Health Care

Health Care is a featured research topic and an initiative at Harvard Business School.
Over the past several decades, HBS has built a foundation in health care research, from Clayton Christensen's application of disruptive innovations and Regina Herzlinger's concept of consumer-driven health care to Michael Porter's use of competitive strategy principles. Today our research focuses on 
  • how management principles and best practices from other industries can be applied;
  • how the process of innovation can be improved;
  • how principles of strategy and consumer choice can be utilized;
  • how information technology can expand access, decrease costs, and improve quality;
  • how new approaches in developing nations can impact global health.
  1. The Crash and the Fix (A)

    Leonard A. Schlesinger and Paras D. Bhayani

    A review of the process utilized by the Obama administration to create the Health exchange and the problems that resulted from the implementation effort. There is a B case that provides the follow on strategy and processes utilized to get the site up and running after the initial failures of implementation.

    Keywords: Organizational change; Implementing strategy; Implementation; government innovation; health care industry; health care reform; Health Care and Treatment; Government Administration; Governing Rules, Regulations, and Reforms; Organizational Change and Adaptation; Health Industry; Information Technology Industry; United States;


    Schlesinger, Leonard A., and Paras D. Bhayani. " The Crash and the Fix (A)." Harvard Business School Case 315-129, June 2015. View Details
  2. Acıbadem Healthcare Group

    Regina E. Herzlinger, Esel Çekin, Natalie Kindred and Gamze Yucaoglu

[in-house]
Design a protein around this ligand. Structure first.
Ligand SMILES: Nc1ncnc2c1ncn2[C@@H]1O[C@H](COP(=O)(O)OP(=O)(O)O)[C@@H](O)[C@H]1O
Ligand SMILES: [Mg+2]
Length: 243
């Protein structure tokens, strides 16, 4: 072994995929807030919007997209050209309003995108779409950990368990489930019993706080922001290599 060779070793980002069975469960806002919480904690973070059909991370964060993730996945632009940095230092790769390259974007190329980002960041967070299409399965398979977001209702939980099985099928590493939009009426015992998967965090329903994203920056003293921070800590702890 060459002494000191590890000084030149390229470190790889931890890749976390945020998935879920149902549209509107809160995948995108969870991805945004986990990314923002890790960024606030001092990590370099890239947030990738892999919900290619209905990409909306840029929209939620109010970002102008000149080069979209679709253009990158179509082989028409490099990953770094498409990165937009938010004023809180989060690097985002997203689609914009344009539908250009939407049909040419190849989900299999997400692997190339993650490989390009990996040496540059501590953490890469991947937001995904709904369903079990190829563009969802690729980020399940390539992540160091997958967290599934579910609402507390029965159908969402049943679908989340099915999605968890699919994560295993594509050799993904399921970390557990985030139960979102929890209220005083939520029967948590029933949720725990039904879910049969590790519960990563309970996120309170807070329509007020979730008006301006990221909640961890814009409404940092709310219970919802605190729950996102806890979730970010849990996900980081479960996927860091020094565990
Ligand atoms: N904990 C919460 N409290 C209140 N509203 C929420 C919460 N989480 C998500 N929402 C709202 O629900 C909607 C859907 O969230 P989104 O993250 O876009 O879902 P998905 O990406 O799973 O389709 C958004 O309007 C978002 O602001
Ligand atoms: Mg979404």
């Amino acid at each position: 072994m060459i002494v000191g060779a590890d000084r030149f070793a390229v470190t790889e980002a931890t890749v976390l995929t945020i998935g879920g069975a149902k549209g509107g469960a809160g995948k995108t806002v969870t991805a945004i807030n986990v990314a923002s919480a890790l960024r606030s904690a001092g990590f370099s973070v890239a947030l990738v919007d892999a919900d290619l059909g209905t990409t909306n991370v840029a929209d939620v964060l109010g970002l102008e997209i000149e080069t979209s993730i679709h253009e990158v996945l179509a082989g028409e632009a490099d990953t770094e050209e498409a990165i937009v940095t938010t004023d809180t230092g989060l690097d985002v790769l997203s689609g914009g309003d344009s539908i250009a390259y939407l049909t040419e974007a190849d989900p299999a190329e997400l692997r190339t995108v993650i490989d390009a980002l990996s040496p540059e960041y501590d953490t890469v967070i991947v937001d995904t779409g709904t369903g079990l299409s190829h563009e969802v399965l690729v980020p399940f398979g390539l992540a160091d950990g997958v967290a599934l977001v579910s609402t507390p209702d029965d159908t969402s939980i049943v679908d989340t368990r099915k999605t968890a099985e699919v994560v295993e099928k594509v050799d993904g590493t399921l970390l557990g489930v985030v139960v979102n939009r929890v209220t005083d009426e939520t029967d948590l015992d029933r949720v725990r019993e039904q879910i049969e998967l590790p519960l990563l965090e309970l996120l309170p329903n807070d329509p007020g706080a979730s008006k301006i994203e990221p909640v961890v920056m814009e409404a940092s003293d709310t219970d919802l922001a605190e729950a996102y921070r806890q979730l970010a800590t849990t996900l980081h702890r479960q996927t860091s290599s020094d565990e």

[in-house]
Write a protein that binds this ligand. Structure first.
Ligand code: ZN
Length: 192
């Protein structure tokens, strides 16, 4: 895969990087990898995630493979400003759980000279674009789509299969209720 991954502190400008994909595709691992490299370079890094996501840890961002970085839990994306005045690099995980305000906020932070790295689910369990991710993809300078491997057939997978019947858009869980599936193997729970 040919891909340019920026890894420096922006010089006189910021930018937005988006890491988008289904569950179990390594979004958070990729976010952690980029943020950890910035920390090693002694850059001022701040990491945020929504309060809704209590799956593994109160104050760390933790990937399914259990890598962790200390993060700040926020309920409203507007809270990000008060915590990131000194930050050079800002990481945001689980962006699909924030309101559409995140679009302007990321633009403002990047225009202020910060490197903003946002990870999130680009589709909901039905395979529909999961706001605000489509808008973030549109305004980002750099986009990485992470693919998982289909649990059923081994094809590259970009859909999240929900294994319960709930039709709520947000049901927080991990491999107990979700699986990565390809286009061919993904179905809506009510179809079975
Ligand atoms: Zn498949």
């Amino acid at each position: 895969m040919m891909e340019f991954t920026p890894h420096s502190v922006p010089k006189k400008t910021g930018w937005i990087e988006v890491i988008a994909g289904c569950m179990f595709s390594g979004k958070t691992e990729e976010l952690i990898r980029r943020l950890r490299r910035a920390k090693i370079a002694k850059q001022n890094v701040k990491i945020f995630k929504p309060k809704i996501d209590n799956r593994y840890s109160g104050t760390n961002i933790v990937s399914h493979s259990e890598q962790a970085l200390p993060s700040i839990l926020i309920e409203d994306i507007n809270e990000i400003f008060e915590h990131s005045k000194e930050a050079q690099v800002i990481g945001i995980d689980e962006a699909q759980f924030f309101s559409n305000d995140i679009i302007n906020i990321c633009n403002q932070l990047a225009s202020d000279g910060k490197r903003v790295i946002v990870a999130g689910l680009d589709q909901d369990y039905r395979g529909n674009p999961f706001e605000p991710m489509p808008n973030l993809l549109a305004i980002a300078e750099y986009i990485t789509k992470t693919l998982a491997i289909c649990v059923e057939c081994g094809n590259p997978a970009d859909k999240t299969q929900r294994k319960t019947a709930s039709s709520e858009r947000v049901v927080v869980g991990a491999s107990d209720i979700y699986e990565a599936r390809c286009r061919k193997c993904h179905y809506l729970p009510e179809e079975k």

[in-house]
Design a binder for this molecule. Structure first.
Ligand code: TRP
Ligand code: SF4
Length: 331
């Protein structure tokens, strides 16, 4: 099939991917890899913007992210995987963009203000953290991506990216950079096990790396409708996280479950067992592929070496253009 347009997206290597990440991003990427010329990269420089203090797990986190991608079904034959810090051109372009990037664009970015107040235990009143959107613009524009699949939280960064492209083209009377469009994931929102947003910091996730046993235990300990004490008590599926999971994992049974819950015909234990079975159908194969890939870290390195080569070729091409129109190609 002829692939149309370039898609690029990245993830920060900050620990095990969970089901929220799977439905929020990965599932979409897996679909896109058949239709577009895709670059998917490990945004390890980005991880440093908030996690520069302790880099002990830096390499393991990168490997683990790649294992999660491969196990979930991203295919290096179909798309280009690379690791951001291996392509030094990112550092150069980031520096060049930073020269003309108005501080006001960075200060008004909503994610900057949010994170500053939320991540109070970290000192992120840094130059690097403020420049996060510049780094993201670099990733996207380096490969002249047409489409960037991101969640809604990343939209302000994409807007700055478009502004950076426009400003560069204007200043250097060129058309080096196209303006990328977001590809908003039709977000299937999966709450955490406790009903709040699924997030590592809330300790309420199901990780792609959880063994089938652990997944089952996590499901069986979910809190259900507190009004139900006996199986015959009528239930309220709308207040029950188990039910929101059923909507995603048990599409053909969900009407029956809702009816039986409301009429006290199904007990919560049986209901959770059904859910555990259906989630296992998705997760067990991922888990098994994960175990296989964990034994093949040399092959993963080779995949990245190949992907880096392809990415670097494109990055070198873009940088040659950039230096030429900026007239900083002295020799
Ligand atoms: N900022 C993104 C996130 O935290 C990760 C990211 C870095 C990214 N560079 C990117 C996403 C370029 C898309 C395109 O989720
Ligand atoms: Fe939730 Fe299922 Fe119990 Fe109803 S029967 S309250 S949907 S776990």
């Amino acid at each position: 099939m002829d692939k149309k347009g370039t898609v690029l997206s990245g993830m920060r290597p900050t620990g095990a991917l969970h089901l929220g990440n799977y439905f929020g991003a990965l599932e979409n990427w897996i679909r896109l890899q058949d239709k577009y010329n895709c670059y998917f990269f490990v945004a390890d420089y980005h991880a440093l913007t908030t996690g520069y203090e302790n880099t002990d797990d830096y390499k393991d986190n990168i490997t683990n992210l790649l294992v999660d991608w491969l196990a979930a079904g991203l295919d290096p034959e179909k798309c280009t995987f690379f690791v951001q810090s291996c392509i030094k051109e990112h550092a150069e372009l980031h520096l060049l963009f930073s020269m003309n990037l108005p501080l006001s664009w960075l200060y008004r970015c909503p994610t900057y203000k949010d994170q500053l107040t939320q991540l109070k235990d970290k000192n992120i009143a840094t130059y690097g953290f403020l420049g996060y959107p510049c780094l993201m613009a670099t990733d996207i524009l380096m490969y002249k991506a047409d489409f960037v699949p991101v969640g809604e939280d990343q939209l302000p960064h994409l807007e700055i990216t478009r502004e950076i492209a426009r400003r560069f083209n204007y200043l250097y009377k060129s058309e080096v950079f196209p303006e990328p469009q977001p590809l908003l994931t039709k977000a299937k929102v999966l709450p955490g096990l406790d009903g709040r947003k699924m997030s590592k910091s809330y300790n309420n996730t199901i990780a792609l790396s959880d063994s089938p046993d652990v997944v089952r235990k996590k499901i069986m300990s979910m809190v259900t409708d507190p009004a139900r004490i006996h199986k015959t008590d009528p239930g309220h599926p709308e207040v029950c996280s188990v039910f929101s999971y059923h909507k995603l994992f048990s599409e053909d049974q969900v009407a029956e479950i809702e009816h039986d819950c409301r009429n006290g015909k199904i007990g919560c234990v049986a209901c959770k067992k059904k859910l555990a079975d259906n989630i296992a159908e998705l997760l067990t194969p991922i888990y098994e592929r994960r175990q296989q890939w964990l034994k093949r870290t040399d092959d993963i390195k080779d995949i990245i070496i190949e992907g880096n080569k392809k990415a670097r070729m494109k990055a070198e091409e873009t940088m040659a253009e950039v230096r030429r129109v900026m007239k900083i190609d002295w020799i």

This case focuses on Acıbadem Healthcare Group's, Turkey's only premium nationwide hospital network, potential expansion strategies after it was acquired by International Healthcare Holdings Berhad (IHH) in 2011, the world's second-largest publicly listed health care group and a private hospital leader in Singapore and Malaysia. By providing perspectives on both Acıbadem and IHH-Parkway-Pantai's operational models, growth aspirations, collaboration and synergies, as well as cultural and operational differences, the case allows students to discuss which expansion strategies would be best suited for Acıbadem's operations—which geographic regions should initially be targeted, what business model is best suited for Acıbadem's growth (specialized chain, public-partnership etc.) Also, students are encouraged to discuss how Acıbadem should leverage its relationship with IHH and collaborate with Parkway-Pantai.

    Keywords: health care; Turkey; hospital; Health Care and Treatment; Health; Health Industry; Turkey;


    Herzlinger, Regina E., Esel Çekin, Natalie Kindred, and Gamze Yucaoglu. "Acıbadem Healthcare Group." Harvard Business School Case 315-120, May 2015. View Details